Evolution of Consumer Driven Health Plans Blog Series: Part 1
Part 1: Healthcare Spending – The Facts
This is the first in our five-part series, “The Evolution of Consumer Driven Health Plans: From Cost Shifting to True Healthcare Consumerism.” Here we will explore the trends that have led to a dramatic rise in consumer driven health plans (CDHPs) and the impact these plans are having on employees. The goal of the series is to help employers and plan managers assess both the positive and negative consequences of CDHPs, and to recommend steps they can take to better equip employees to be informed healthcare consumers.
CDHPs were initially conceived in the late 1990s and started gaining mainstream adoption after the passage of the Medicare Prescription Drug, Improvement and Modernization Act in 2003. The rise in overall healthcare costs has been the main catalyst for the explosive growth in consumer driven health plans.
U.S. Healthcare costs are growing at three times the rate of GDP and the Centers for Medicare and Medicaid Services have projected that spending will reach 20 percent of GDP by 2021 compared to 15 percent in 2002.
Increasingly, the burden of these rising costs is falling on the employee. Between premiums, coinsurance and deductibles, the average family of four has experienced a nearly $7,000 increase in out-of-pocket healthcare expenses since 2002, while average wages over the same period have actually decreased.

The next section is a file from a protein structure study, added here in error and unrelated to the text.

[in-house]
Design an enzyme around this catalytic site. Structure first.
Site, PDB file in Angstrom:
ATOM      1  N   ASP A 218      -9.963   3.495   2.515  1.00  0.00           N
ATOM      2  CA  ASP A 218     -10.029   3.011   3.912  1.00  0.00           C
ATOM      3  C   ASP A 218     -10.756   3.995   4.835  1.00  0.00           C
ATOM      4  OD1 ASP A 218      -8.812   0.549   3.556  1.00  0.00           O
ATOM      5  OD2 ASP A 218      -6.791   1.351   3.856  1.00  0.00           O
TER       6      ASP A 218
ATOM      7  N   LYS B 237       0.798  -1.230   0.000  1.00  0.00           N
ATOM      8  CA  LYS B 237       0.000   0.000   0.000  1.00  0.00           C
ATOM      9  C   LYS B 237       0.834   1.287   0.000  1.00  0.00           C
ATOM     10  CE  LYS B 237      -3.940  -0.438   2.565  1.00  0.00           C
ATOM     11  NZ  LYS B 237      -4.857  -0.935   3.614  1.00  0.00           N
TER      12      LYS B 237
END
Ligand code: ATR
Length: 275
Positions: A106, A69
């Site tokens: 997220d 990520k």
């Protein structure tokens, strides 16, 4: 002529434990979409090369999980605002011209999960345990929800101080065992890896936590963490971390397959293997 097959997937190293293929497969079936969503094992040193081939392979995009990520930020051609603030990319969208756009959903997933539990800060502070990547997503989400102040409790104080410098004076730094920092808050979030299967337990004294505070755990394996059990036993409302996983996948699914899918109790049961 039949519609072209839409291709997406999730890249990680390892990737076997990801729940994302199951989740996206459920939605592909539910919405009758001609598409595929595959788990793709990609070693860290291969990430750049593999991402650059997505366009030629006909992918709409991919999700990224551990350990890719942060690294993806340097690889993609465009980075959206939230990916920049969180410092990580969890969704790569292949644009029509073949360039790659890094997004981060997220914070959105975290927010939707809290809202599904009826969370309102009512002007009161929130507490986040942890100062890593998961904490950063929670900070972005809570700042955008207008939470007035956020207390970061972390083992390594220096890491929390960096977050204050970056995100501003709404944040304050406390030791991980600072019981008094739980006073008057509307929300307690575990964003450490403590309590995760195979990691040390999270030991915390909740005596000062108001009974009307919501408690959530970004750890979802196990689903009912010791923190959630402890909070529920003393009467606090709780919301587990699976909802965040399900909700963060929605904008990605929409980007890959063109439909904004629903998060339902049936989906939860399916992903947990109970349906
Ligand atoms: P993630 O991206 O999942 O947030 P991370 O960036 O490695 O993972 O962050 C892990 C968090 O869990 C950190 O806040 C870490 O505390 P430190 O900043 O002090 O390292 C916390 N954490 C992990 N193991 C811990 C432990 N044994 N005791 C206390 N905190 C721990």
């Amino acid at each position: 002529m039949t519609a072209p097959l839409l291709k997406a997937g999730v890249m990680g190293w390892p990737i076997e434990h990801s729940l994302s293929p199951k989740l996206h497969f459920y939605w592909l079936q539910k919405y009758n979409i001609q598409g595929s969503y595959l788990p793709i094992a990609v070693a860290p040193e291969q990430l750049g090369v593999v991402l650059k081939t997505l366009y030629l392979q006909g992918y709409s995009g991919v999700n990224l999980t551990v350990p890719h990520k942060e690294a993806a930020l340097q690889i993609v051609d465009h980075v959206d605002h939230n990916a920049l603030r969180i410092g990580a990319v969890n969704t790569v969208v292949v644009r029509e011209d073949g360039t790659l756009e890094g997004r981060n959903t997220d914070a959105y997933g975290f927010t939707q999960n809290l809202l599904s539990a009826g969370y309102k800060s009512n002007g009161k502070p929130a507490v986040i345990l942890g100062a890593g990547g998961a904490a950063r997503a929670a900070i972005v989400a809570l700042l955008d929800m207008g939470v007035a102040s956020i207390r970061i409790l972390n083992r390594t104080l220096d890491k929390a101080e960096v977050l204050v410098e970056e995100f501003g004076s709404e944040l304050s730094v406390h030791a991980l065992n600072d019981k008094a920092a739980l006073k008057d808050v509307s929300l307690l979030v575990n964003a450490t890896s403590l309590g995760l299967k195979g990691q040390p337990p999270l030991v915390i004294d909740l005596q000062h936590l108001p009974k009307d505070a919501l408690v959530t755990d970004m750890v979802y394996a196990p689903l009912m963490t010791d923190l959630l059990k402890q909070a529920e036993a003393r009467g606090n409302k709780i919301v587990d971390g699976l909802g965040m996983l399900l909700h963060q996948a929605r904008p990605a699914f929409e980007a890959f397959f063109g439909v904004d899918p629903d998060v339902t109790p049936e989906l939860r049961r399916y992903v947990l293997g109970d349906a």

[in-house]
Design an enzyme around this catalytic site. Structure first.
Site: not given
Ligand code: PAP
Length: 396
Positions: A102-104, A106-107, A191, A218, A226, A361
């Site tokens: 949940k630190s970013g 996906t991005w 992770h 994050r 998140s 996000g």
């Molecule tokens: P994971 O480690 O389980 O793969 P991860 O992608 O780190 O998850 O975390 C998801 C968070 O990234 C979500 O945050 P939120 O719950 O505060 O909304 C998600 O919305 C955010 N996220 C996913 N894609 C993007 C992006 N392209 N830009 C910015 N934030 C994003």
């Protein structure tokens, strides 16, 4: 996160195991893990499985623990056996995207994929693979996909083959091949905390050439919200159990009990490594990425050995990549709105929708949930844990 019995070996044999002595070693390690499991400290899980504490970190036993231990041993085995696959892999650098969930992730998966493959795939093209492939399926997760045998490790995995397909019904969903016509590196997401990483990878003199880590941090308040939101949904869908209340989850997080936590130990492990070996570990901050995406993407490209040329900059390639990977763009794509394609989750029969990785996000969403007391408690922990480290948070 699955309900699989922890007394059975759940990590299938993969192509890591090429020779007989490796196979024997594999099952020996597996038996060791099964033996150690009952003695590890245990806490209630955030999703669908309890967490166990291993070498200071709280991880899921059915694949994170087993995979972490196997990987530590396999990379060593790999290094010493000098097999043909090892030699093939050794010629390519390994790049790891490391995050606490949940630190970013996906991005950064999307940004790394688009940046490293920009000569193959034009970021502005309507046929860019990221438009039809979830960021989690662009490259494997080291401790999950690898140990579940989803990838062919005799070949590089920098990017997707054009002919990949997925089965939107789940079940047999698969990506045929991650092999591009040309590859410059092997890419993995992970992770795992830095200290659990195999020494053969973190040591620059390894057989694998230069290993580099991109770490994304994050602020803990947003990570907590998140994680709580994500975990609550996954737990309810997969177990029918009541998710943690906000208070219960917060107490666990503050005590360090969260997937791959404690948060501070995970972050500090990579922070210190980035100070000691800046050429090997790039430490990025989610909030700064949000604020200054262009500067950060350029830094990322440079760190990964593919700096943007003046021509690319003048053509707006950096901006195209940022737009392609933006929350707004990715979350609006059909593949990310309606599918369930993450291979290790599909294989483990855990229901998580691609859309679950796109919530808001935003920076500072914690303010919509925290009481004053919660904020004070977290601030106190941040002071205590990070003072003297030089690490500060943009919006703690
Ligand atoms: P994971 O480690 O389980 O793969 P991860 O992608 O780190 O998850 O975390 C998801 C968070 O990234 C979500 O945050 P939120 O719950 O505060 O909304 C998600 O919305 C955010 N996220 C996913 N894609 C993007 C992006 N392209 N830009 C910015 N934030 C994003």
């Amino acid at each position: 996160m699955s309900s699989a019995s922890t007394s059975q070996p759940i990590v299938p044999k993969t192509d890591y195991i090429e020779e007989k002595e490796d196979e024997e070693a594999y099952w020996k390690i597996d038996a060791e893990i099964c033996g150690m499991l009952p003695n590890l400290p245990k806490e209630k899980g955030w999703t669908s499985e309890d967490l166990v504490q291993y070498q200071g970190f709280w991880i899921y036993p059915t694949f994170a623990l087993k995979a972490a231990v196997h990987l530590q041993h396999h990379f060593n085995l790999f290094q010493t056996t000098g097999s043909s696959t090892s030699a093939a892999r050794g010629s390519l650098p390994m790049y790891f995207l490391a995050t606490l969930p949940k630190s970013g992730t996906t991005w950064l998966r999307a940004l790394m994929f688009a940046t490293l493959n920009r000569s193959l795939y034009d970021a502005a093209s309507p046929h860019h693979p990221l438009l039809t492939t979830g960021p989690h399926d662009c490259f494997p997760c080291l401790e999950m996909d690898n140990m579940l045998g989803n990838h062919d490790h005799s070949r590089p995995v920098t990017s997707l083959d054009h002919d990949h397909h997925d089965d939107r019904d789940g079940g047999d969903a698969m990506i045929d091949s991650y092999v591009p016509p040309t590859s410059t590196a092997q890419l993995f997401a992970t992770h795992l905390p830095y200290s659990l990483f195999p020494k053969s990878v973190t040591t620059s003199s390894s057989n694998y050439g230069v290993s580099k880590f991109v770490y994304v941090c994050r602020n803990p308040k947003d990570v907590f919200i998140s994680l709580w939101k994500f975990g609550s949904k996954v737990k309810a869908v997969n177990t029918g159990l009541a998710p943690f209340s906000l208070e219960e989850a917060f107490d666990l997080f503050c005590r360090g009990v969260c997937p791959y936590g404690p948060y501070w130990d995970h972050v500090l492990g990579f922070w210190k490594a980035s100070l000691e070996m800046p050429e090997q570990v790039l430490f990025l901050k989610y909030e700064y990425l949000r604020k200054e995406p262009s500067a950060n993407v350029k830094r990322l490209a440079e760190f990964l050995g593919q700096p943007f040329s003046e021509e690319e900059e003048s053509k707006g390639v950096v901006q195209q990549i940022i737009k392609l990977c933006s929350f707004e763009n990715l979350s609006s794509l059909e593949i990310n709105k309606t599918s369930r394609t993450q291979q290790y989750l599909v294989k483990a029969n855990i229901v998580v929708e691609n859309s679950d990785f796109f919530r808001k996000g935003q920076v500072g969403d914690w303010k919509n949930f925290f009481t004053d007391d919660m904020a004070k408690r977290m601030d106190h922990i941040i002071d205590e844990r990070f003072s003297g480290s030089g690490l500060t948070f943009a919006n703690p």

U.S. Healthcare Spending vs. OECD Average
Back in 1980, U.S. per capita healthcare spending was in line with that of other developed nations. Since that time, however, the percent of GDP spent on healthcare in the U.S. has more than doubled while other nations have experienced increases more in line with overall economic growth. According to an Organization for Economic Co-operation and Development (OECD) 2010 study, 2008 average per capita healthcare spending in the U.S. of $7,539 was 91.2 percent higher than the 16 country average of $3,944, and that gap has continued to widen.